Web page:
Benefits of Organic and Natural Farming

There is a growing recognition about the need to make organic and natural farming a mass movement in the country. The Central government is publicly talking about it. It is clear that the holistic and sustainable benefits of organic and natural farming do offer an opportunity

But there is also the challenge of how to enable a scaled-up transition from chemicaldependent practices. We know that so far, only about 2 per cent of the country’s net sown area (140 million hectare, or mha) is ‘organically’ farmed, and a mere 0.41 mha in eight states is under natural farming.

This challenge of transition has several facets. Apart from mobilising farmers, training and supporting them during transition, and providing quality inputs and market access, another important part is to deal with the lack of conviction and consensus among the scientific community about the benefits of organic and natural farming – an issue which is often centred around the question of yield. This lack of conviction is also linked with the way how the evidence on benefits of organic and natural farming practices has been collated, presented and communicated so far.

In order to fill this gap, researchers at Centre for Science and Environment (CSE) have collected, analysed and consolidated the evidence generated on benefits of organic and natural farming over the last two decades across India. This evidence, compared with inorganic and integrated approaches of management, has now been presented in a comprehensive report with details on yield of different crops; cost, income and livelihood aspects; impact on soil-health and environment; and food quality. The report makes a strong case for considering holistic evidence on organic and natural farming for future policy, programmes and practice.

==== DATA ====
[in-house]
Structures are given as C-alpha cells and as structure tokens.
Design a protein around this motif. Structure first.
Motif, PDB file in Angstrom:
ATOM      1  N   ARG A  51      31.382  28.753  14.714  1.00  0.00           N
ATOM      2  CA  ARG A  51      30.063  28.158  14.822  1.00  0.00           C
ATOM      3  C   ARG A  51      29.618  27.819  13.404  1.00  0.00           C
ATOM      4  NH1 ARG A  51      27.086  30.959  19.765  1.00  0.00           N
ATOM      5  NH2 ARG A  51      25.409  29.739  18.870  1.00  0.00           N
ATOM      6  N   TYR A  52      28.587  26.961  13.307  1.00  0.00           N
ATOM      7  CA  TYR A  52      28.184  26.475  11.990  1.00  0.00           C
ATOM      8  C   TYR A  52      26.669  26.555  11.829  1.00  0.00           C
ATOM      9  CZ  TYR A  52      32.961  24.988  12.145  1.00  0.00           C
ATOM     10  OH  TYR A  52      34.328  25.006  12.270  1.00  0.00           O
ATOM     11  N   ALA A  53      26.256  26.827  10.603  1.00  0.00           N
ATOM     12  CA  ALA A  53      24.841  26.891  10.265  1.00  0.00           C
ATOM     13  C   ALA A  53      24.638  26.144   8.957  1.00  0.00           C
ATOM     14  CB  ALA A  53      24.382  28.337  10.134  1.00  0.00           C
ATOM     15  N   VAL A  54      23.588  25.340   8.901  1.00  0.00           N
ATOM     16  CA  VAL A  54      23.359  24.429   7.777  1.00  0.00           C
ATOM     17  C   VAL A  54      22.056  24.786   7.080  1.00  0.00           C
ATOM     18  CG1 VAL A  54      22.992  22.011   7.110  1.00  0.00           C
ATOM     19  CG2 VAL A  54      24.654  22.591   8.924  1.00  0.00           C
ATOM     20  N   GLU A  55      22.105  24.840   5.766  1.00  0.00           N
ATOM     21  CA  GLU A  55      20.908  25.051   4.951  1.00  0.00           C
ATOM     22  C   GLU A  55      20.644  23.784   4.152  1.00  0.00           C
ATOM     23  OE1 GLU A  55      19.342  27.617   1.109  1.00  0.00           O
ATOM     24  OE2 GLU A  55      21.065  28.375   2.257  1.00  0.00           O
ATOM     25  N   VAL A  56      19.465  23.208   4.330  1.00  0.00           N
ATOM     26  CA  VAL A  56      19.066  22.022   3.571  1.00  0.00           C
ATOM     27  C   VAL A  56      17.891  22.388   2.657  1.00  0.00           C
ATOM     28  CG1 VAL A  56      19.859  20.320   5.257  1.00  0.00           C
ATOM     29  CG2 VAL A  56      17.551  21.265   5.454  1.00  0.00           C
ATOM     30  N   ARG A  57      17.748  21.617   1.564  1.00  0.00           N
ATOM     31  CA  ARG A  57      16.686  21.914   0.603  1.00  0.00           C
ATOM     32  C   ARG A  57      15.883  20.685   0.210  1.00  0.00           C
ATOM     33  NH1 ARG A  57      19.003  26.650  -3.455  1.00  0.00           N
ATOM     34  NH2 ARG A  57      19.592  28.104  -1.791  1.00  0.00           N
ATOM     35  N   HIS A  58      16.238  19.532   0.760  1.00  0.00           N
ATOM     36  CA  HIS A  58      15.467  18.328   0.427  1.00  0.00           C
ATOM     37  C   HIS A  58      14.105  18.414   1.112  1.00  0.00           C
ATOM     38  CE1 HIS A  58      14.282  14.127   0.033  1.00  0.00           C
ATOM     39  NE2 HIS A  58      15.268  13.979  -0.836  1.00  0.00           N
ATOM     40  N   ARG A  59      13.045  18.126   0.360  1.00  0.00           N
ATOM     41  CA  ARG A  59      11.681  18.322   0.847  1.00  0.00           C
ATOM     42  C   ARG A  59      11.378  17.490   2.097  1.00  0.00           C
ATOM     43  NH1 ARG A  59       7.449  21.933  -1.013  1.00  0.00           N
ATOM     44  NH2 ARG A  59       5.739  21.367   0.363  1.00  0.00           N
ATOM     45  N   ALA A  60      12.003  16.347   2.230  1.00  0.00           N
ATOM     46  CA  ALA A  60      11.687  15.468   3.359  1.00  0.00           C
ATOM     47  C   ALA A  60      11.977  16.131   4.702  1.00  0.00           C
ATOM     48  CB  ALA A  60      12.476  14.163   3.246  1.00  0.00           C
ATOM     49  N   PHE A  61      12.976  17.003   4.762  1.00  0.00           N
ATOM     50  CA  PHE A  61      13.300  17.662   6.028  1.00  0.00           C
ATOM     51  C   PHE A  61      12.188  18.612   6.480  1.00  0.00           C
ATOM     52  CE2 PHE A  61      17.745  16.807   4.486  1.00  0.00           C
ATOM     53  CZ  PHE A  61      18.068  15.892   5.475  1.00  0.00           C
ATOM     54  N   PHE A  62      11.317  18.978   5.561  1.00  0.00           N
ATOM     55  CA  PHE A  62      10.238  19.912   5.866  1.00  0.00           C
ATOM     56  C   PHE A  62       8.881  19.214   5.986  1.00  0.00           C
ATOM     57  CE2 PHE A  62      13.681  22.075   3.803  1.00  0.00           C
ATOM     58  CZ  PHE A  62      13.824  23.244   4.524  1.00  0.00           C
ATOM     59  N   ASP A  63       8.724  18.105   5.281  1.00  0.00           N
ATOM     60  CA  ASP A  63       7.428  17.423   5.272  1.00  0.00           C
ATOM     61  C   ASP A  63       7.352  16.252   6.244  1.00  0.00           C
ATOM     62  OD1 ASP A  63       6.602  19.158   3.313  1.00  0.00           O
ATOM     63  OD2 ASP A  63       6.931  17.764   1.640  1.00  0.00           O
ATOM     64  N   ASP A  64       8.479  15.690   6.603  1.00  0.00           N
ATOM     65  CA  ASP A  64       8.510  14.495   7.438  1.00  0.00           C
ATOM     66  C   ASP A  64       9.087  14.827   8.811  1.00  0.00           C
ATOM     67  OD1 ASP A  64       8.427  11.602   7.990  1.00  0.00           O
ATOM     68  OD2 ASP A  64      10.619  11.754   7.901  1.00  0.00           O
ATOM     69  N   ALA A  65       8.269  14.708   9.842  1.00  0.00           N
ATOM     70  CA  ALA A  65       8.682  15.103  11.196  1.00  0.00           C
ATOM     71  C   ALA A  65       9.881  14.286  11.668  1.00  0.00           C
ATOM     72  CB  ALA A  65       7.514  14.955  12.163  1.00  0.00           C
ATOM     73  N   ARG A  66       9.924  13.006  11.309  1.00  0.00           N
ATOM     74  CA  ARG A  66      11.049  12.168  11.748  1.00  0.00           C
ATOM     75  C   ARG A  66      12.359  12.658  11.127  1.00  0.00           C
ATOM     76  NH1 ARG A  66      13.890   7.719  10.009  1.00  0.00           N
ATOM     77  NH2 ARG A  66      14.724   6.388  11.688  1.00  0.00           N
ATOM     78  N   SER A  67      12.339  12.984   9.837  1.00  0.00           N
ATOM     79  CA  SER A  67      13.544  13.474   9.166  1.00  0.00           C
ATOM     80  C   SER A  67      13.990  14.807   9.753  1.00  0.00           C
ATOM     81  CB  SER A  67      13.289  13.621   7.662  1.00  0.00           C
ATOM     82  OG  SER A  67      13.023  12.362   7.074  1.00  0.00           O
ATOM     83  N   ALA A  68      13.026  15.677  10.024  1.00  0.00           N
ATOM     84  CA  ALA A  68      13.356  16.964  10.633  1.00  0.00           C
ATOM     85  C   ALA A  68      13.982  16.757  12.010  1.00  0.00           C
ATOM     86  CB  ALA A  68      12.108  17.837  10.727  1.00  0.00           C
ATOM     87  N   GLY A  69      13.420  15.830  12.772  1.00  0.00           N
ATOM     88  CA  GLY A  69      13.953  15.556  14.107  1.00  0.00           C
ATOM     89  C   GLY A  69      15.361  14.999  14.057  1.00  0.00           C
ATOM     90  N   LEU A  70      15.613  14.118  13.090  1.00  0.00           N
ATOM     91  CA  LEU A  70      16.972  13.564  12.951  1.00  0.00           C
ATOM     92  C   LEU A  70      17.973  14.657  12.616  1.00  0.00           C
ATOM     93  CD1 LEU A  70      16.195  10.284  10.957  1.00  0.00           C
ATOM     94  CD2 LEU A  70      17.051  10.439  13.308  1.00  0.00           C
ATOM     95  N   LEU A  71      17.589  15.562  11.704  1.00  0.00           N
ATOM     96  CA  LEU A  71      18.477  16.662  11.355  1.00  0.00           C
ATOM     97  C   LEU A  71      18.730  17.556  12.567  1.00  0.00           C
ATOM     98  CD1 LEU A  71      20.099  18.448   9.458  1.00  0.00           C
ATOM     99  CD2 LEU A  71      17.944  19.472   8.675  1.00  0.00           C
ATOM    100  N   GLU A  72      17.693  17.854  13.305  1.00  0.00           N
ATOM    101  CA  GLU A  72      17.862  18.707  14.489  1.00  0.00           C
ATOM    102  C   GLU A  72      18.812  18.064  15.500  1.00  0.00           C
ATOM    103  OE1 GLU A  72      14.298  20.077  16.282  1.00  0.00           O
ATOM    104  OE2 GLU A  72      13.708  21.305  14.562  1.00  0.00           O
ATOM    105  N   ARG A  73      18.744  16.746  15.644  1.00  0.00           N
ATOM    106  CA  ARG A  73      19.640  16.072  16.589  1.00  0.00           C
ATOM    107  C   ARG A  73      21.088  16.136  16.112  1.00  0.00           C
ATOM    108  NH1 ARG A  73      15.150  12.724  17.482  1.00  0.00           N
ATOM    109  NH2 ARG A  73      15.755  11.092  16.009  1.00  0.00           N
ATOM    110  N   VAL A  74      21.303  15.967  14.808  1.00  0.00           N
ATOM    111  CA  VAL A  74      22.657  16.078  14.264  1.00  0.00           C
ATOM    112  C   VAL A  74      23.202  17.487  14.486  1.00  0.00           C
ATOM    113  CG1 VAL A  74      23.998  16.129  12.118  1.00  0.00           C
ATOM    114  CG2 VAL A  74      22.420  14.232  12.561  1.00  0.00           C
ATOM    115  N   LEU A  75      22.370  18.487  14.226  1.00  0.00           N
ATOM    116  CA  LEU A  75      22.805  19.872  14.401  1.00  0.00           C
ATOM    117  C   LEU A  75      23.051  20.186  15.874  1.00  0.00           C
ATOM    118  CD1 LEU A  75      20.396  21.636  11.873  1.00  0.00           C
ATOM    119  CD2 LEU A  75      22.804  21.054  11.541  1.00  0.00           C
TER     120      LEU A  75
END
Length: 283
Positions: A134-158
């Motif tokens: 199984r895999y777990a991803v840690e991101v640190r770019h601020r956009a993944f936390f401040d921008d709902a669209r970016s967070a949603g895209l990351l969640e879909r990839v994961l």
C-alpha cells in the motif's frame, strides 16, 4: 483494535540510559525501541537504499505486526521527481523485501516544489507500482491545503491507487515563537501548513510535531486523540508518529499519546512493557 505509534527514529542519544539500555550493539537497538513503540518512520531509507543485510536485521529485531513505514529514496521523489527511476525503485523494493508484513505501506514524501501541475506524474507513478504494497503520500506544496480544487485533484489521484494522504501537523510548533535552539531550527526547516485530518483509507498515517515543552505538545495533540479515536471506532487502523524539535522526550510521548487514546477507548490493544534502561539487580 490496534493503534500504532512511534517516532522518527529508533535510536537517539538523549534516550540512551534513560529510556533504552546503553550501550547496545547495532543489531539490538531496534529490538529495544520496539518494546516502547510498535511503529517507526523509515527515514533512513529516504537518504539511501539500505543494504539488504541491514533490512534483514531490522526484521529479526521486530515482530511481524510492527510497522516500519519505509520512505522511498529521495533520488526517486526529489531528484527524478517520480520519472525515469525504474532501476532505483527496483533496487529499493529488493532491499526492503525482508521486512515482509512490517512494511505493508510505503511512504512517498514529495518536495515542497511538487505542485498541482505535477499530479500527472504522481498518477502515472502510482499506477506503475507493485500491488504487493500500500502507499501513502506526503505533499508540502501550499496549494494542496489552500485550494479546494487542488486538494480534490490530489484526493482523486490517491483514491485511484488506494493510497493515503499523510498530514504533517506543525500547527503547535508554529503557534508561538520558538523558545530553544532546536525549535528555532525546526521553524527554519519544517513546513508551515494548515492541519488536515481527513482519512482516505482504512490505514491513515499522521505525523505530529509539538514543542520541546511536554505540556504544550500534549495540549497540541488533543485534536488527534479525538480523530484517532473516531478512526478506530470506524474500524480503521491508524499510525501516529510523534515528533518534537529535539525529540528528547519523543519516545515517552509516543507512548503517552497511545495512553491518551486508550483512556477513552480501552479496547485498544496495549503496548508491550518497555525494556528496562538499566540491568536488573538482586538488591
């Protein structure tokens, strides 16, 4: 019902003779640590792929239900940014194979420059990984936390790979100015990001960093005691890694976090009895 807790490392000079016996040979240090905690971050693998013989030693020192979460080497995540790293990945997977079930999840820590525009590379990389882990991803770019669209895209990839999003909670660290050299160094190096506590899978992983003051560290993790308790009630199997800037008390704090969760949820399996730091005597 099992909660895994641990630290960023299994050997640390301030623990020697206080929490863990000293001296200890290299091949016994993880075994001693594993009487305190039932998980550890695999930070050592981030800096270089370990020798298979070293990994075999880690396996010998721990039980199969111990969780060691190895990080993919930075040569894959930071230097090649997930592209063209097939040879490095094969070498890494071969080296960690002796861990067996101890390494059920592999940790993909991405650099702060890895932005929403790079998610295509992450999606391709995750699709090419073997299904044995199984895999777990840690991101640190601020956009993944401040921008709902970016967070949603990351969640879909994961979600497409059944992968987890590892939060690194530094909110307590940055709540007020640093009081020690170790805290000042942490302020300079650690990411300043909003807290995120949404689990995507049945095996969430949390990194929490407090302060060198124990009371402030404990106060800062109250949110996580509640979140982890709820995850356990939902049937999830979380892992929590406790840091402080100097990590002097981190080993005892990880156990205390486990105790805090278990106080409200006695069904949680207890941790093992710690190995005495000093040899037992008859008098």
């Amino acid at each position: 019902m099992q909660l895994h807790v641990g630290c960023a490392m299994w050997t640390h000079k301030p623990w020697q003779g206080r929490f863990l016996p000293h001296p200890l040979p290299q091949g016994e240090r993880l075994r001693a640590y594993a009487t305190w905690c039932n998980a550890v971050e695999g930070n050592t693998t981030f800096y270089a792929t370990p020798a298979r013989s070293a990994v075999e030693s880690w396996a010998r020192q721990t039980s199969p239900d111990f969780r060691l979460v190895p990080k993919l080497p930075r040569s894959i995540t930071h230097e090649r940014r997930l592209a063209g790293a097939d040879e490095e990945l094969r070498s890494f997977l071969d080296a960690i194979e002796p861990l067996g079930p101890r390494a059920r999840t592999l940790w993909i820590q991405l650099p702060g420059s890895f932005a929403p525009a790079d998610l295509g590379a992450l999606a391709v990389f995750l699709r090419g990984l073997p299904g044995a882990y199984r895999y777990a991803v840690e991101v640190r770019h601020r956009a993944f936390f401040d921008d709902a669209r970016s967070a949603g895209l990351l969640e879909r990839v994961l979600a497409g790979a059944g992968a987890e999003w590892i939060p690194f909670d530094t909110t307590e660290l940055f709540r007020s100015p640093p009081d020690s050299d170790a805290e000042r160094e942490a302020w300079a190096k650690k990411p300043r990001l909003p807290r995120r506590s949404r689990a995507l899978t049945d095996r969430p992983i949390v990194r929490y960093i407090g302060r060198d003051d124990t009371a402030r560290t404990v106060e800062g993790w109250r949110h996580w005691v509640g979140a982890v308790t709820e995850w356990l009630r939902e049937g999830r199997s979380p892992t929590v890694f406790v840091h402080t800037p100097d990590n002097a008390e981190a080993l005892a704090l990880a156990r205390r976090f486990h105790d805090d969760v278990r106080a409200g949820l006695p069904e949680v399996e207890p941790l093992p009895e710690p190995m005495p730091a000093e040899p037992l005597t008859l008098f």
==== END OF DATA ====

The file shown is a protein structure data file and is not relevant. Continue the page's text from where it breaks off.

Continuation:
We invite all who are interested in the subject to a community release of CSE’s new report on February 2, 2022.

On February 3, 2022, CSE will conduct a stakeholder discussion on the subject – this event is not open to all, and invitations for it will be sent separately to stakeholders by CSE.




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Azad Singh Panwar
Programme Manager,
ICAR- Indian Institute of Farming Systems Research. Modipuram, Uttar Pradesh
Rajinder Chaudhary
Kudrati Kheti Abhiyan, Haryana
Sridhar Radhakrishnan
Steering Committee member
Alliance for Sustainable and Holistic Agriculture
G V Ramanjaneyulu
Executive Director
Centre for Sustainable Agriculture, Secunderabad, Telangana
Mathew John
Founding Director
Keystone Foundation, Nilgiris, Tamil Nadu
Debal Deb
Centre for Interdisciplinary Studies, Rayagada, Odisha
Binita Shah
SUPA Agricultural Research Group, Nainital, Uttarakhand
Sabyasachi Roy
Senior Manager
National Dairy Development Board, Kolkata, West Bengal
Vishalakshi Padmanabhan
Executive Director
Participatory Guarantee System Organic Council, Bengaluru, Karnataka
Sultan Ismail
Managing Director
Eco science Research Foundation, Chennai
Bharat Bhushan Tygai
Organic Farmer
Bulandshr, Uttar Pradesh
Subhash Sharma
Yavatmal, Maharashtra
Harpal Singh Grewal
Organic Farmer
Heavenly Farms, Sirsa, Haryana
Shurvir Singh
Organic farmer and trainer
Bijnoor, Uttar Pradesh
Akash Badve
Chief Executive Officer
Bhoomgaadi - Organic Farmers Collective, Dantewada, Chhattisgarh
Sameer Bordoloi
Society for Promotion of Rural Economy & Agricultural Development, North East
From CSE
Sunita Narain
Director General
Centre for Science and Environment
Amit Khurana
Sustainable Food Systems
Centre for Science and Environment
Abhay Kumar Singh
Program Manger
Sustainable Food Systems
Centre for Science and Environment
Mohammad Abdul Halim
Deputy Programme Manager Sustainable Food Systems
Centre for Science and Environment